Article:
It may be too soon to say Apple has adopted a less combative approach in the post-Jobs era, but the company has taken three steps in close succession that are at the very least conciliatory. They involve privacy policies on apps, iPad sales in China, and the labor practices of suppliers.
On the app front, Apple has said it will change its policy on allowing applications to access a user’s address book data. It follows complaints that several high-profile applications were accessing such data and uploading it the developers, sometimes without permission. That prompted two Congress members to contact Apple to ask for a response to suggestions that accessing address book data was effectively considered a given among developers.
While Apple pointed out that accessing the details is already technically banned, it’s now agreed to put a physical block on the practice. That means that, as already happens with location data, apps will need to specifically ask and receive user permission to access address books.
Meanwhile the fallout of Apple’s court defeat over the iPad brand name in China continues. As we reported in December, a company based in China and Taiwan was the first to register the name, way back in 2000 (Taiwan) and 2001 (China). The company, Proview, then sold the Taiwan rights to an Apple-controlled corporation in 2006, but no deal took place for the Chinese rights. A court case brought by Apple resulted in a ruling that Proview did indeed still have the Chinese rights.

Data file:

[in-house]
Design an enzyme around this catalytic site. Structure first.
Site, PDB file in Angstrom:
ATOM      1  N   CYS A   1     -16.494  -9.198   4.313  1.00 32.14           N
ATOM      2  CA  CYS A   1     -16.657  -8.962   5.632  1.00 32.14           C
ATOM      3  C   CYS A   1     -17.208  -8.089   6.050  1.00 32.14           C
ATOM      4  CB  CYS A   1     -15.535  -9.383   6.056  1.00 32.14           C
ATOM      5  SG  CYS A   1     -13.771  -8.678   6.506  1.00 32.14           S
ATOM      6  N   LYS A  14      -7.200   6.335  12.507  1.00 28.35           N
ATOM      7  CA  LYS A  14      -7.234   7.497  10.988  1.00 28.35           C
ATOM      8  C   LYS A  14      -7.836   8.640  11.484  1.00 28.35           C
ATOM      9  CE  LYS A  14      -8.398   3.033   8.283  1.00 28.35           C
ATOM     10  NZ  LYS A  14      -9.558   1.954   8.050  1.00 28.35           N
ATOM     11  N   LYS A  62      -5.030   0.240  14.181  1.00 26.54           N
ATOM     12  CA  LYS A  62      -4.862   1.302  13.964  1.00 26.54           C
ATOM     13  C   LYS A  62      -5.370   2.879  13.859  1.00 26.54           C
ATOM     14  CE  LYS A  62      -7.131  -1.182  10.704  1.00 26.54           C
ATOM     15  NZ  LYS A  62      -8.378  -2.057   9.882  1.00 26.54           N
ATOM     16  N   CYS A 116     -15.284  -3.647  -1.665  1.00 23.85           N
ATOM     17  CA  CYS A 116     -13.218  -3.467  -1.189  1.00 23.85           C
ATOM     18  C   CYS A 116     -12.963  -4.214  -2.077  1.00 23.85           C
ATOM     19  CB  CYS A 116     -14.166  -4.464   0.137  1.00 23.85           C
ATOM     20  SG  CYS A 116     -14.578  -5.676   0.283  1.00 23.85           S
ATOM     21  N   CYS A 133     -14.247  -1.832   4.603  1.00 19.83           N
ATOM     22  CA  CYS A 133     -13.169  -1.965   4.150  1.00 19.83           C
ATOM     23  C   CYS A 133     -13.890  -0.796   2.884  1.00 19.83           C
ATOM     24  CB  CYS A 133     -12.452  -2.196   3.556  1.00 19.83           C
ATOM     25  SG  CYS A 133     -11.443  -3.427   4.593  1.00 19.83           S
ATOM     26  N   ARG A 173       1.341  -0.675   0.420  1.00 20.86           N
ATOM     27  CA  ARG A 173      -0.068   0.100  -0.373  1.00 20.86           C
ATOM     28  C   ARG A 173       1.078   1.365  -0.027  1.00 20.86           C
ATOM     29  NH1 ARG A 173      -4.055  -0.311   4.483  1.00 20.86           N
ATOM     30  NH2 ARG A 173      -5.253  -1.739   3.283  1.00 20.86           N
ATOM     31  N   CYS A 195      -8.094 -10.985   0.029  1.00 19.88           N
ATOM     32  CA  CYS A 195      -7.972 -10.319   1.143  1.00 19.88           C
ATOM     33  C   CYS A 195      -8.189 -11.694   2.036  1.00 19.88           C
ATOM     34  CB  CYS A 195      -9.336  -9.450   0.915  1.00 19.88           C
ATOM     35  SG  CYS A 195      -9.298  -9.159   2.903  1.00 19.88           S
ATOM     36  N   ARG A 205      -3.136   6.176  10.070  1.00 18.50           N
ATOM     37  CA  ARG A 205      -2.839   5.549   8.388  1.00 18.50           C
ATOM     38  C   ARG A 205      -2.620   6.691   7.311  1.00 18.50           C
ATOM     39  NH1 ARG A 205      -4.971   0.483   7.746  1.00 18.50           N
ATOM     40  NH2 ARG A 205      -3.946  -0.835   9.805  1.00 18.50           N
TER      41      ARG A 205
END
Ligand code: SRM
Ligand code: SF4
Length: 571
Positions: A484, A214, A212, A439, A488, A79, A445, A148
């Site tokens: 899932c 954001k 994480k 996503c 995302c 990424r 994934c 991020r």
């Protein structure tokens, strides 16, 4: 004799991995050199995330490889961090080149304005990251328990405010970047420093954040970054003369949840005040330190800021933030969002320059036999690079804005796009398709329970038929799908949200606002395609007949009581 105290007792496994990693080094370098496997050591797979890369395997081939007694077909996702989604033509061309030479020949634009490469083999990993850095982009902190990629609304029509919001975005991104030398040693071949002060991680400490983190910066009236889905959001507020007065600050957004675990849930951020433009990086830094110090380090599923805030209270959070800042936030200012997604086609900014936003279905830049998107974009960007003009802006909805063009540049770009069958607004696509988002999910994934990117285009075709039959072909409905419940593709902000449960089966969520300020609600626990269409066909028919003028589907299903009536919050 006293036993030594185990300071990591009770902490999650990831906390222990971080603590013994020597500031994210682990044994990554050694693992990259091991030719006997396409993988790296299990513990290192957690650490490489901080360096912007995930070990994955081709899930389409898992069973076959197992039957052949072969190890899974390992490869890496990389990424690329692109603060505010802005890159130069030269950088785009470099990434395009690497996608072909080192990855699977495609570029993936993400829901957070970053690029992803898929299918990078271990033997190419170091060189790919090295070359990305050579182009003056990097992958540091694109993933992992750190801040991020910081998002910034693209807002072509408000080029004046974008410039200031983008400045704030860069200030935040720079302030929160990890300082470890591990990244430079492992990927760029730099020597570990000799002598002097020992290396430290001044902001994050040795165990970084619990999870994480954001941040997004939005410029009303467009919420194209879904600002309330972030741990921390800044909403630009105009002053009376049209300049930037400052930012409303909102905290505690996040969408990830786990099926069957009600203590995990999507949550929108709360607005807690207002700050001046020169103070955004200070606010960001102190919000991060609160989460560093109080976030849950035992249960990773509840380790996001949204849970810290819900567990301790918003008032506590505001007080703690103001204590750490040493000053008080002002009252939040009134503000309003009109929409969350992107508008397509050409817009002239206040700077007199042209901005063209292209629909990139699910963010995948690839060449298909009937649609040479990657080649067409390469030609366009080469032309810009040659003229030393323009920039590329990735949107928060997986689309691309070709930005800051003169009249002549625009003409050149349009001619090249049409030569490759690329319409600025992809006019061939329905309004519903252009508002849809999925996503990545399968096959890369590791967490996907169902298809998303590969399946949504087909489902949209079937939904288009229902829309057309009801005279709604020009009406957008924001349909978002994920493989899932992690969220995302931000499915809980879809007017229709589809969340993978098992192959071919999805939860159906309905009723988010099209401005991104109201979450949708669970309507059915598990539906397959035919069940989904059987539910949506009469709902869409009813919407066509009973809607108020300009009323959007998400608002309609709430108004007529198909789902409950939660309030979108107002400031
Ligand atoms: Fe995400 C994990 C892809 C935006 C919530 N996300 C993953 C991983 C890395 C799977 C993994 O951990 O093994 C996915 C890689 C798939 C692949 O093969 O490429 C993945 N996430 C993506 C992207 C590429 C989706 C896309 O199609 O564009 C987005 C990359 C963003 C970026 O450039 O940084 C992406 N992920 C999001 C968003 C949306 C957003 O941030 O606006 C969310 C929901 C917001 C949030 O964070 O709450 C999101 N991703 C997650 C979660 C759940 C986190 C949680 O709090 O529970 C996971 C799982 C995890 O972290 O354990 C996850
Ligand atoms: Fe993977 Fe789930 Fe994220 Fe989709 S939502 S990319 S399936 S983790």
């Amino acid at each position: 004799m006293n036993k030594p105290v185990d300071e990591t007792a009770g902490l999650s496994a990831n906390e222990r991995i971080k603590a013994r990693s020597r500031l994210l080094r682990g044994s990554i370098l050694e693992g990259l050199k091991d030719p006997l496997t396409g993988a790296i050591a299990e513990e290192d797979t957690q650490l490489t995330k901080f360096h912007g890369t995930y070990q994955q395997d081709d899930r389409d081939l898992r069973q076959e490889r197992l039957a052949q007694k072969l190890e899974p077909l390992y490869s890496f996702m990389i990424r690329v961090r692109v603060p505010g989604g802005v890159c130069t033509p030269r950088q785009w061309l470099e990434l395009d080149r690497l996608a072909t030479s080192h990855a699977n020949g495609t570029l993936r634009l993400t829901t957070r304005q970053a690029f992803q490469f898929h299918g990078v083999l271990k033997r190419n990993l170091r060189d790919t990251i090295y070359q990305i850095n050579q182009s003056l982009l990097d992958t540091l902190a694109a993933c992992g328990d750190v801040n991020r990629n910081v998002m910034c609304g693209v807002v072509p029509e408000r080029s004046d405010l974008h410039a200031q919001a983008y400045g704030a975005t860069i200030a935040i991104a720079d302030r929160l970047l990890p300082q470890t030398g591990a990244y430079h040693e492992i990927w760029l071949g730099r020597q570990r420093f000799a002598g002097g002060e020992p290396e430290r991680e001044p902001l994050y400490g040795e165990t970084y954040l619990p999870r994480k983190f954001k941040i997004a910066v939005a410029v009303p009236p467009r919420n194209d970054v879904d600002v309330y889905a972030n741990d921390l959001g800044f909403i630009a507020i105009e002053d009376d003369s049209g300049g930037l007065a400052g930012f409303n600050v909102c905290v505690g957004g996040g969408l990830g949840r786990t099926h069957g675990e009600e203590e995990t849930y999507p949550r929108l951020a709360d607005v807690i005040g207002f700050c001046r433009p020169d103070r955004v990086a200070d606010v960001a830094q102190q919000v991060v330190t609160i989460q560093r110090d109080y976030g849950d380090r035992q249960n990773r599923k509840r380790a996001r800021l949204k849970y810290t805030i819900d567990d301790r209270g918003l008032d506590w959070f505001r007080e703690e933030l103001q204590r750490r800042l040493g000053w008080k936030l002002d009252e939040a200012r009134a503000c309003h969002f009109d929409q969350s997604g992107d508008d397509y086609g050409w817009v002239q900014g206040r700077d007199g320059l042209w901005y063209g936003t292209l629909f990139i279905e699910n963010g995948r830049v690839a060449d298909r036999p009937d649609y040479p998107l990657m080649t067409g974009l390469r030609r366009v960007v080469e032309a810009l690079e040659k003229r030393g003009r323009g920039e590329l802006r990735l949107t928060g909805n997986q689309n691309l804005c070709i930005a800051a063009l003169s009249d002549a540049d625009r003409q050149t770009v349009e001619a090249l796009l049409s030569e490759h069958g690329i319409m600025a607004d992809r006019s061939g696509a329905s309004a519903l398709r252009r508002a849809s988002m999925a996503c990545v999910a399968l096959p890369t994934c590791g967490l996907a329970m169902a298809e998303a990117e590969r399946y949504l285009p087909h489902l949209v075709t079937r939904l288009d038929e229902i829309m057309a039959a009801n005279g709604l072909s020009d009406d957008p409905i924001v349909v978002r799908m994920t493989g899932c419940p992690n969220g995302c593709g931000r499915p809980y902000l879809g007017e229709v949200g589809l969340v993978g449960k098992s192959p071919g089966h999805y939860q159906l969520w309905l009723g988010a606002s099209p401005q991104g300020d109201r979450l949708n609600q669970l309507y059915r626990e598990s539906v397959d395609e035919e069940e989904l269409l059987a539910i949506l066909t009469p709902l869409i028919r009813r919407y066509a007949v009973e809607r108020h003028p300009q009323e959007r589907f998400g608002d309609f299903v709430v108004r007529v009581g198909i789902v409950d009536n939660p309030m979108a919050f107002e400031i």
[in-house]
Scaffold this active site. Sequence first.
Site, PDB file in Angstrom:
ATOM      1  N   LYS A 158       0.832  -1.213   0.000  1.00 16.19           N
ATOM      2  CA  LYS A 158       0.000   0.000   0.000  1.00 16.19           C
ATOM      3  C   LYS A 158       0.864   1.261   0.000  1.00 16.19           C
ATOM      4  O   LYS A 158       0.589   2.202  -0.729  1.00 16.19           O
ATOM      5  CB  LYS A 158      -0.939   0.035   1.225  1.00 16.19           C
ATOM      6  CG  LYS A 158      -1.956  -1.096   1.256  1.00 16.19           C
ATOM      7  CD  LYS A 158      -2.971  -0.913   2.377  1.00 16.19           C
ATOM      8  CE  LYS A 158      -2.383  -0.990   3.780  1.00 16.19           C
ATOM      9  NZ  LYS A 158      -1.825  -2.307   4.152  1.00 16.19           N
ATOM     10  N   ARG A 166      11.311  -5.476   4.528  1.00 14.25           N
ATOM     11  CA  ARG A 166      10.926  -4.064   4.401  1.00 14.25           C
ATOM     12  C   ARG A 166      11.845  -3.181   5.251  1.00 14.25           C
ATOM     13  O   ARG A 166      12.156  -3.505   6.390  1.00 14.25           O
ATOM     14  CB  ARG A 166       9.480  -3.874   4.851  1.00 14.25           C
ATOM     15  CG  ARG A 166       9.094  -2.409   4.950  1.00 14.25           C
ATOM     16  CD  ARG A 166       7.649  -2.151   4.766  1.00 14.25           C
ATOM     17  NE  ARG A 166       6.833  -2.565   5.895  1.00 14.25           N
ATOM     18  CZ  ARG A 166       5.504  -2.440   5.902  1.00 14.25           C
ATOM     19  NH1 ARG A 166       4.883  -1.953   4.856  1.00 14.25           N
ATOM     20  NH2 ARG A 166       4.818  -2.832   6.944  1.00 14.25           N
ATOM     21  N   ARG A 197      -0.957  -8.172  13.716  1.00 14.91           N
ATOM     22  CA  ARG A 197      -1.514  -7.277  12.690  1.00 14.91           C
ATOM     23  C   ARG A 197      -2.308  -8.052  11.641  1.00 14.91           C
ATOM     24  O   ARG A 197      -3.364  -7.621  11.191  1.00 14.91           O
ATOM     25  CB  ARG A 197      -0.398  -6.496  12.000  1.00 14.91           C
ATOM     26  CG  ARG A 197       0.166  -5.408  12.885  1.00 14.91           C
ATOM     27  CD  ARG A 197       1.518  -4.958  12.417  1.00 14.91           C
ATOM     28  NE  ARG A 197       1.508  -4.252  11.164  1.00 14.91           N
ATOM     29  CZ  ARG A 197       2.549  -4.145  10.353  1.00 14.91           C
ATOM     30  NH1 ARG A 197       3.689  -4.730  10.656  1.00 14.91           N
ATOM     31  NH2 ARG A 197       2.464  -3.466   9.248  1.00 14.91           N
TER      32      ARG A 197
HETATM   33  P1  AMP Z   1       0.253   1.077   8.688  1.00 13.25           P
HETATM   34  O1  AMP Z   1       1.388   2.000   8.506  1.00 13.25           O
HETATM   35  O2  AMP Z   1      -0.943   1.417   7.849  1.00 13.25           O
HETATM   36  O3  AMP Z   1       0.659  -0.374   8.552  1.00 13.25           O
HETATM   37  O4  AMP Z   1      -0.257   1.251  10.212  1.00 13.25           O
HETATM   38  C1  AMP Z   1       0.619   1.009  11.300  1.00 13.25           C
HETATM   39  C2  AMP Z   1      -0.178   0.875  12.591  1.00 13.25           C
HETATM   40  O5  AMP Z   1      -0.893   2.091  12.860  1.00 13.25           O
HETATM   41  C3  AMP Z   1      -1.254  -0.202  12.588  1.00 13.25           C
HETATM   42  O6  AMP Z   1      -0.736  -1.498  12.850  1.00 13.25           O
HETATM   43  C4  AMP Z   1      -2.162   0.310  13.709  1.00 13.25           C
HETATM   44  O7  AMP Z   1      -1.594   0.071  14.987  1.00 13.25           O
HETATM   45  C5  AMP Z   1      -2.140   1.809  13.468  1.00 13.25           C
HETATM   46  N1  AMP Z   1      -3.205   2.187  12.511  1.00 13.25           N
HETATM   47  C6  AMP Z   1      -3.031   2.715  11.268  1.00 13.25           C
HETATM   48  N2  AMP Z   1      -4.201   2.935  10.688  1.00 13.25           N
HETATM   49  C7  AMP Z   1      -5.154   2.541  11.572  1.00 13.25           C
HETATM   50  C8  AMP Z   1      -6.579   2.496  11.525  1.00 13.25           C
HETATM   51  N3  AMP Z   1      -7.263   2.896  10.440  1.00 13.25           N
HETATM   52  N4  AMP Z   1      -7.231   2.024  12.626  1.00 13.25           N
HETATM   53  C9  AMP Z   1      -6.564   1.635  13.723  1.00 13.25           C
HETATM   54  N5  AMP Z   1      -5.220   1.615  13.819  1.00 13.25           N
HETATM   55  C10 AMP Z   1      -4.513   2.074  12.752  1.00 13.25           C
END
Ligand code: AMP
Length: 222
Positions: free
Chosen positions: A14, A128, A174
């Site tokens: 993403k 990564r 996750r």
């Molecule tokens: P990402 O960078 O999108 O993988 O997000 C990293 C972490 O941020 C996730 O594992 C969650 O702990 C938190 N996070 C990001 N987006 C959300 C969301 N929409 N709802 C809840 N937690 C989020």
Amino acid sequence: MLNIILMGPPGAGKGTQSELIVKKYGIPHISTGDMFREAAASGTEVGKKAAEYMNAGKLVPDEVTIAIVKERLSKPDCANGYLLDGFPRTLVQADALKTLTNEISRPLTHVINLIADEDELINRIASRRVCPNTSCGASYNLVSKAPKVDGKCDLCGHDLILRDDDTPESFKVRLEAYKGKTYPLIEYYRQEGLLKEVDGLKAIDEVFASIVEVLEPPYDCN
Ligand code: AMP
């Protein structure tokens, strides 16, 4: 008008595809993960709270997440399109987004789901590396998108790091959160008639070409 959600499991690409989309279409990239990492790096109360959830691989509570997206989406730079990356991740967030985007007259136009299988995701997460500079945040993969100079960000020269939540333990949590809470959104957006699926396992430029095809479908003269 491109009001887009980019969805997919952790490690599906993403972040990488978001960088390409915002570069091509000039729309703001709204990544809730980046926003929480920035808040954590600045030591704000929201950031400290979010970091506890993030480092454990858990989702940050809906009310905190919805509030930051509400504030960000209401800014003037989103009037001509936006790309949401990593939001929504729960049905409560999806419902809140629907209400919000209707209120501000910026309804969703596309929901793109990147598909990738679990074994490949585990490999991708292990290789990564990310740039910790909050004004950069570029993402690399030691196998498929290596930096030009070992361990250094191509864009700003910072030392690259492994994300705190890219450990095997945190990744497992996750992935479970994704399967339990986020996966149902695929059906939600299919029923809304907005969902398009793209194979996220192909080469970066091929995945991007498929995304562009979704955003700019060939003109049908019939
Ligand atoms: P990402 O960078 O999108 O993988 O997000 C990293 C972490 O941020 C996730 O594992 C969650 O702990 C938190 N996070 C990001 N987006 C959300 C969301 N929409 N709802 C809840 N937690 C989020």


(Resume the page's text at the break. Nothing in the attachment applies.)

Apple’s naturally trying to figure out a way to regain the rights and avoid or minimize any royalties or damages it has to pay Proview. However, while it continues to sell the iPad itself in China, in apparent violation of the ruling, it has now forced third-party resellers including Amazon to stop offering the device in the country. Several reports say inside sources believe this is not connected to the Proview case, though there doesn’t seem any other logical explanation.
Proview itself is having little luck persuading customs officials to block official Apple imports of the iPad into China. However, it has persuaded some local authorities to seize a small number of iPads from retail stores.
Staying with China, Apple CEO Tim Cook has addressed the latest in a long line of reports about poor working conditions among Chinese suppliers, most notably Foxconn. He’s vowed to step up monitoring of abuses with what he dubbed “probably the most detailed factory audit in the history of mass manufacturing.”
The company already published an annual report detailing working condition violations among suppliers. Cook says that will now be replaced by monthly updates to increase accountability. He also said that if any supplier is shown to have knowingly hired underage labor (underage by local laws that is), those responsible will be fired.